Porsche exec throws cold water on ditching diesel

Diesel versions of the Cayenne and possibly Macan will come to Europe

[Editor's note: This story has been updated to include a statement from Porsche.]

They're out, they're back in. Following a report a week ago that Porsche was planning to discontinue production of all its diesel vehicles, the brand's head of sales and marketing tells Automotive News that Porsche expects to launch a diesel version of the Cayenne in 2018 and maybe even the Macan crossover.

"We're not saying that we are exiting (diesel)," Detlev von Platen told the publication's European arm.
"For the SUV models, it makes sense where customers want range and torque."

A Porsche spokesman in Germany confirmed that position on Wednesday and sent the following statement:

"Traditionally, diesel engines have played a subordinate role at Porsche — its current proportion is 12 percent and the company does not develop or build diesel engines itself. Currently, the demand for diesel models is falling, whereas interest in hybrid and petrol models is increasing significantly. For example, the ratio for hybrid versions of the new Panamera in Europe is around 60 percent. In light of these facts Porsche has adapted its production planning. This decision means that Porsche currently does not offer any vehicles with diesel engines. However, it does not mean a diesel exit at Porsche. As announced, the new Cayenne is set to feature a diesel powertrain. The exact time of the market launch is not yet clear."

Porsche stopped selling diesel models in the U.S. in 2015. It's offering the 2019 Cayenne with a gasoline engine and plug-in hybrid version, but "will no longer be offering diesel models in North America," Porsche spokesman Luke Vandezande says.

The turnaround comes as a federal court in Germany approved bans of older, more polluting diesel vehicles in the cities of Duesseldorf and Stuttgart, Porsche's home base. The German government had opposed the bans, fearing they would hurt automakers and diesel car values. The bans don't apply to new less-polluting diesel cars, but they add momentum to diesel's broader decline and tarnished image among consumers. Porsche's CEO, Oliver Blume, also suggested last summer that the automaker could scrap diesels in favor of hybrids and electric vehicles.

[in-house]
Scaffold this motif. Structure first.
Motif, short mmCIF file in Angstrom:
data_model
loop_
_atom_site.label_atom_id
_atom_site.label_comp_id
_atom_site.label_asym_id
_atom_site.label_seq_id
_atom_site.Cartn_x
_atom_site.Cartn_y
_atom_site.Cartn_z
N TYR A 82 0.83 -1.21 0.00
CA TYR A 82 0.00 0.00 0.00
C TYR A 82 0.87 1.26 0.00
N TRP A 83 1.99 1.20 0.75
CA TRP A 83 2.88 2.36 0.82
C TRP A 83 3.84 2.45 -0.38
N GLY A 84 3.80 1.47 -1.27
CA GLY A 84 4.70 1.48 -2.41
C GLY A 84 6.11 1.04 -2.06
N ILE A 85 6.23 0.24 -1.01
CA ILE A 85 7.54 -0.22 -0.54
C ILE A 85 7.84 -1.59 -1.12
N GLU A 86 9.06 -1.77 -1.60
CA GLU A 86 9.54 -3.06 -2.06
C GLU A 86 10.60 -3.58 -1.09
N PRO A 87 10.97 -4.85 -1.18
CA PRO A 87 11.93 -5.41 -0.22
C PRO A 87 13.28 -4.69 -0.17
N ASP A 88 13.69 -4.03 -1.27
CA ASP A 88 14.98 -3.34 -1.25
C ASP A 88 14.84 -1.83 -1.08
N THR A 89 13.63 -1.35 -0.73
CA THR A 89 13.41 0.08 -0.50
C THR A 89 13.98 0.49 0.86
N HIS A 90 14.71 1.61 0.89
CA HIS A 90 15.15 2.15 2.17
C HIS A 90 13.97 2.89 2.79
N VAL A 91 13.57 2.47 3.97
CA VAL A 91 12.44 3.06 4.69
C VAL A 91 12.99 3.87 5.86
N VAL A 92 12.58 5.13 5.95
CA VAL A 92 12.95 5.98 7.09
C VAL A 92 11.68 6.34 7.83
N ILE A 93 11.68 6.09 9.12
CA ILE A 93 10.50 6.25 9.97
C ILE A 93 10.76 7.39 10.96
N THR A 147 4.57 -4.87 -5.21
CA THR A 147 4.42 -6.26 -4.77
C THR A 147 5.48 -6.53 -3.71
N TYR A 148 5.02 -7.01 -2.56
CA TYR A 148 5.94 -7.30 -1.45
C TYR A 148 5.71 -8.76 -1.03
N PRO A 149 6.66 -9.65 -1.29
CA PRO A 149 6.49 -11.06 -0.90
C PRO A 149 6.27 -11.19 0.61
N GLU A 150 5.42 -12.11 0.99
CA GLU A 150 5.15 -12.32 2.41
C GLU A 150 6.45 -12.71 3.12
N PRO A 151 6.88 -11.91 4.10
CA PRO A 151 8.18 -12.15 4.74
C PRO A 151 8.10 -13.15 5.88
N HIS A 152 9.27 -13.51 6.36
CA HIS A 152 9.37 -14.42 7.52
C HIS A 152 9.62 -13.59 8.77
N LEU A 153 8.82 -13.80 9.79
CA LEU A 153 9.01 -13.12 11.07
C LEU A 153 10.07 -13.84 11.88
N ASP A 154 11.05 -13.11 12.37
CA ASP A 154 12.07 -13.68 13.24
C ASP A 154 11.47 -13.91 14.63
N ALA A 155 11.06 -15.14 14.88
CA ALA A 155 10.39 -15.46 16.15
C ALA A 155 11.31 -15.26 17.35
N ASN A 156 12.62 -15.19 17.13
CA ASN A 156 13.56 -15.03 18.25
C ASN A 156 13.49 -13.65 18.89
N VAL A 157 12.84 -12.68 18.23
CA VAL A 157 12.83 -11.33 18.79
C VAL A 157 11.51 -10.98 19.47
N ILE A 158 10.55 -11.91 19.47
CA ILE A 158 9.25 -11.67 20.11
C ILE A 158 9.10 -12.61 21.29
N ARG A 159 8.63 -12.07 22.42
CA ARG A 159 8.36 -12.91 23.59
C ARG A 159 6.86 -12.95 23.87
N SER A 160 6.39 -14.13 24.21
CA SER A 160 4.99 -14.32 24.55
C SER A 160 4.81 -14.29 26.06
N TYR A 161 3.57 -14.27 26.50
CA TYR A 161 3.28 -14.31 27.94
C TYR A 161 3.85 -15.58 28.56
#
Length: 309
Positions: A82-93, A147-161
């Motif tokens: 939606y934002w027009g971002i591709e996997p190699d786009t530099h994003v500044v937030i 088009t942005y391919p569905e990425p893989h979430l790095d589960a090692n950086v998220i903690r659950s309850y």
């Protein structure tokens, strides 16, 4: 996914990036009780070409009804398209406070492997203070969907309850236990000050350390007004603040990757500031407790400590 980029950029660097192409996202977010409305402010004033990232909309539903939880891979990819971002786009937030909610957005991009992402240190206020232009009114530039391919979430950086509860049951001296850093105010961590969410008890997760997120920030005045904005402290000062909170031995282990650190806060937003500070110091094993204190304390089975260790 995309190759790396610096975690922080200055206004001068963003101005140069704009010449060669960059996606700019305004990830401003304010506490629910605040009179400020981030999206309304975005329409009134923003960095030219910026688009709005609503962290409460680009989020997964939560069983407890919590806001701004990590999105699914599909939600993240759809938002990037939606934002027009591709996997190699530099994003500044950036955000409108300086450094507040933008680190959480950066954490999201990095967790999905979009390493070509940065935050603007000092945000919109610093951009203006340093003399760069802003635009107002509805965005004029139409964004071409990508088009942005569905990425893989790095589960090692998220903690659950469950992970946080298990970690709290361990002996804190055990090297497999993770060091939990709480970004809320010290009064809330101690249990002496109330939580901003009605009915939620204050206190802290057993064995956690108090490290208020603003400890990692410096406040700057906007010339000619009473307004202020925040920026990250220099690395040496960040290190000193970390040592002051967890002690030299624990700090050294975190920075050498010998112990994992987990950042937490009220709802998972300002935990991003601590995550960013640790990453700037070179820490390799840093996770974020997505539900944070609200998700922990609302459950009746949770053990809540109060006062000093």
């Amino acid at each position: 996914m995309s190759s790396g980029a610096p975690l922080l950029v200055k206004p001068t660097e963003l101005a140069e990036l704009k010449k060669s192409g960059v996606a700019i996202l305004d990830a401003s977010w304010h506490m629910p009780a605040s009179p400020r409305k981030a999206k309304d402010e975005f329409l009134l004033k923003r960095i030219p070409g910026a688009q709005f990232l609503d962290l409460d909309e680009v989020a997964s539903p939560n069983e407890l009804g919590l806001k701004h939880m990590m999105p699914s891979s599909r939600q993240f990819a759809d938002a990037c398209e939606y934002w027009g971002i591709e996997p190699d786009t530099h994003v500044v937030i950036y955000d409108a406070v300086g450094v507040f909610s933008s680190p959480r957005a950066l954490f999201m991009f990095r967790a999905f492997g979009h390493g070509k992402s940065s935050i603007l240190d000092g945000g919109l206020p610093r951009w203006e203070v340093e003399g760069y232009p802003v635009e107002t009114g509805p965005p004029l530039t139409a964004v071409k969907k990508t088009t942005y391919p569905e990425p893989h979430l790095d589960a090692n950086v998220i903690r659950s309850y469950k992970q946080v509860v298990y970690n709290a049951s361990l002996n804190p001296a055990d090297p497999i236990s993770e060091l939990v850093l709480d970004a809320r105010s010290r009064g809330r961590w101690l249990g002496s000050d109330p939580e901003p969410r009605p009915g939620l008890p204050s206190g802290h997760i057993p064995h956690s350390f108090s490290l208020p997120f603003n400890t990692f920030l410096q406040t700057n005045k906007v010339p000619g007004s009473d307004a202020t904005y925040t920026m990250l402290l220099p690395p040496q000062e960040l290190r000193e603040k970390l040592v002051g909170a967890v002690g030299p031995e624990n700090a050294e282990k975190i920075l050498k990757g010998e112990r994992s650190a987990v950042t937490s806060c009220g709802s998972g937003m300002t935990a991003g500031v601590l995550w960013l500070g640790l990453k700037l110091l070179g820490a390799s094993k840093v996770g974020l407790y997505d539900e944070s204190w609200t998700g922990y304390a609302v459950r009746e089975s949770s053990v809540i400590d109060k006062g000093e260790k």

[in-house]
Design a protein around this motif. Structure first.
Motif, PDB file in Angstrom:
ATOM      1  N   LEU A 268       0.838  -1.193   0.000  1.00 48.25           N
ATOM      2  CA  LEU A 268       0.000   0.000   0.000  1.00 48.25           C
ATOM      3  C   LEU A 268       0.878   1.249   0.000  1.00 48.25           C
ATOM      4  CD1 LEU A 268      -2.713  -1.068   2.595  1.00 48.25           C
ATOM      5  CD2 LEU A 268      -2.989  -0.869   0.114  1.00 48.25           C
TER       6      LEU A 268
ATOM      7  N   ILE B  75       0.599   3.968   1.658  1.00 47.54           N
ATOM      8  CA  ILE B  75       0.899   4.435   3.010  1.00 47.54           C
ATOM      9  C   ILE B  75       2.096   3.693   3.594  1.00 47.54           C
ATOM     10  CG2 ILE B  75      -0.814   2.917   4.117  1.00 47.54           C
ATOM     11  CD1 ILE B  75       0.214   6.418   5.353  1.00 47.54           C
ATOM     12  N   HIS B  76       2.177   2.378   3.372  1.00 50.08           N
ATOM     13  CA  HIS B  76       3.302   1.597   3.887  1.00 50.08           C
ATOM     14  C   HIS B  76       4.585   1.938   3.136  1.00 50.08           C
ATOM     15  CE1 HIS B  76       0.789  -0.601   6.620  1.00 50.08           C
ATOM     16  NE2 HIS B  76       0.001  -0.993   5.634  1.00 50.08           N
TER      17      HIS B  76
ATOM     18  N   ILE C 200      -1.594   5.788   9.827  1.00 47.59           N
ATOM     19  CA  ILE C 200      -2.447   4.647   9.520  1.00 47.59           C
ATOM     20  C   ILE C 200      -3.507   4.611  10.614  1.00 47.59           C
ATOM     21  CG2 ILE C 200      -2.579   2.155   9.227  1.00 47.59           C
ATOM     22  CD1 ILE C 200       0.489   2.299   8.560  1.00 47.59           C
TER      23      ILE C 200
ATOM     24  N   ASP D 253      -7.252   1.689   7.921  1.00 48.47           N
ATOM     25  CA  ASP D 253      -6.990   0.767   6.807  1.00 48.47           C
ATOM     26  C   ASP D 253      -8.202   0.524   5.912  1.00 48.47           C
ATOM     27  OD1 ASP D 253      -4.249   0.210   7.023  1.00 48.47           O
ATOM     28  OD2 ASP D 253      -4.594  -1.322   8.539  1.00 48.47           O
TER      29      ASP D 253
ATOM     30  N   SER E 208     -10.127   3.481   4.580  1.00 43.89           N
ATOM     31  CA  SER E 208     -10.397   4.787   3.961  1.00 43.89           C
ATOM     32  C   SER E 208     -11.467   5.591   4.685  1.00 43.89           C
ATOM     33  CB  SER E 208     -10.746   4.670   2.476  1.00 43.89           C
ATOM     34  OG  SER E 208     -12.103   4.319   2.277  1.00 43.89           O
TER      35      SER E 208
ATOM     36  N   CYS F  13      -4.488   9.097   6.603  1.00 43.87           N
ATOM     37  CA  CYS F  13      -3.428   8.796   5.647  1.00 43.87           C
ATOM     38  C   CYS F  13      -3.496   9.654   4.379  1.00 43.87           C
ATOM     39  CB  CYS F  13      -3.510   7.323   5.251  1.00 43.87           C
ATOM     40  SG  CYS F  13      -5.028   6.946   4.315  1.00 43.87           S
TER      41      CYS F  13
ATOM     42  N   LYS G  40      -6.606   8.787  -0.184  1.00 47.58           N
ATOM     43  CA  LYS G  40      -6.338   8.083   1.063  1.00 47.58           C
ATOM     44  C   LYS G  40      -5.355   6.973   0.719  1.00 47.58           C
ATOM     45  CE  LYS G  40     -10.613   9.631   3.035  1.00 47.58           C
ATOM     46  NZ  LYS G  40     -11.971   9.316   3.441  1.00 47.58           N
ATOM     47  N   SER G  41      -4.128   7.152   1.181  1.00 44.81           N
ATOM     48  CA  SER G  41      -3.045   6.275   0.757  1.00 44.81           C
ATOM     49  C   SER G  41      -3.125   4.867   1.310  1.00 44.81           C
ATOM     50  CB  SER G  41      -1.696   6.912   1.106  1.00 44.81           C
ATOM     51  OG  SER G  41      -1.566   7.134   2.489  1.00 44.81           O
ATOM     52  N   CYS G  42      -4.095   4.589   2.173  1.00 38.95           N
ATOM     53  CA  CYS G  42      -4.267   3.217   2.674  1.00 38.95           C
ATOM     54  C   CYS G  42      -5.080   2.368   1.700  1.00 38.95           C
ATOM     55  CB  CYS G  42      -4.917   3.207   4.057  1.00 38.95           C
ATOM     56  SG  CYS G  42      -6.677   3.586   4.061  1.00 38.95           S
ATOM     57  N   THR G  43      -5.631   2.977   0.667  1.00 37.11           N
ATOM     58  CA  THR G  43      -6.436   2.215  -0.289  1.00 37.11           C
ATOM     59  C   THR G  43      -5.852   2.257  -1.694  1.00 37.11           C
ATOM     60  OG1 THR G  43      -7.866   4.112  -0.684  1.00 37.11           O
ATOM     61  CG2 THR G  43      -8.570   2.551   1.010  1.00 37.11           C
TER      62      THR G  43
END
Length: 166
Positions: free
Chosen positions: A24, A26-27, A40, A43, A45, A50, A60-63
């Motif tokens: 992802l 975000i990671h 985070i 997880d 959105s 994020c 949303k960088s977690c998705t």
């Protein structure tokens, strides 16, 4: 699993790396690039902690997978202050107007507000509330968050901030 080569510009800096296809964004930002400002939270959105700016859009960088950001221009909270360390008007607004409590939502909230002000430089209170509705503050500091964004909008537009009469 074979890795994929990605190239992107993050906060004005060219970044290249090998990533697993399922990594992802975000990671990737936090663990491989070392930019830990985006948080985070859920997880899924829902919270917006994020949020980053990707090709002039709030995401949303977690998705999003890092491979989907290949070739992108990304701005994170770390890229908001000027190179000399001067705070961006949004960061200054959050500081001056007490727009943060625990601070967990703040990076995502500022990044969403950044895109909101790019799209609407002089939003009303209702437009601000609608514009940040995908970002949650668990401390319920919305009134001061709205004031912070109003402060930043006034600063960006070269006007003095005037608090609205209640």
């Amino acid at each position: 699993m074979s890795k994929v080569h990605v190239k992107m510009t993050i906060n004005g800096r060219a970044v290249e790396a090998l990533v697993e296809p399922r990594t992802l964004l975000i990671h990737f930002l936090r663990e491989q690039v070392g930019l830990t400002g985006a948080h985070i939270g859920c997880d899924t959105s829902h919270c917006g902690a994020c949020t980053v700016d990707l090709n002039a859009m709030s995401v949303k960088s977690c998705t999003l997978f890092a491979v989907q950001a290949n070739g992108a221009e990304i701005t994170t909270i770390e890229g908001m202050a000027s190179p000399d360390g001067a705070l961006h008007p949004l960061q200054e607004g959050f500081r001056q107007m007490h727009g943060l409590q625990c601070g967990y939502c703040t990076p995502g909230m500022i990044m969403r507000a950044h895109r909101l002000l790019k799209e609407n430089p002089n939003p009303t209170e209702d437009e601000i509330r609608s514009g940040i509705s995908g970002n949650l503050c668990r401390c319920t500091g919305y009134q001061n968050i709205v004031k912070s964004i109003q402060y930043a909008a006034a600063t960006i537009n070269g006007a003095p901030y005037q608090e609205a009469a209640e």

Porsche introduced its third-generation Cayenne last fall at the Frankfurt auto show, but not with a diesel powertrain, and the smaller Macan is due for a facelift this year at the halfway point of its product life cycle. The Macan is also expected to be offered in hybrid and battery-electric versions when the next generation arrives as early as 2021. Porsche has been working on developing the Mission E, its all-wheel drive electric car which may be offered in three variants.

Porsche on Tuesday published an FAQ about its recall last year of nearly 30,000 Cayennes equipped with 3.0-liter V6 diesel engines after it told German regulators it found potentially illegal emissions-cheating software. It is providing a software update free of charge to owners, and it offered a premium for owners who traded in their older-model Porsches fitted with outdated diesel engines.

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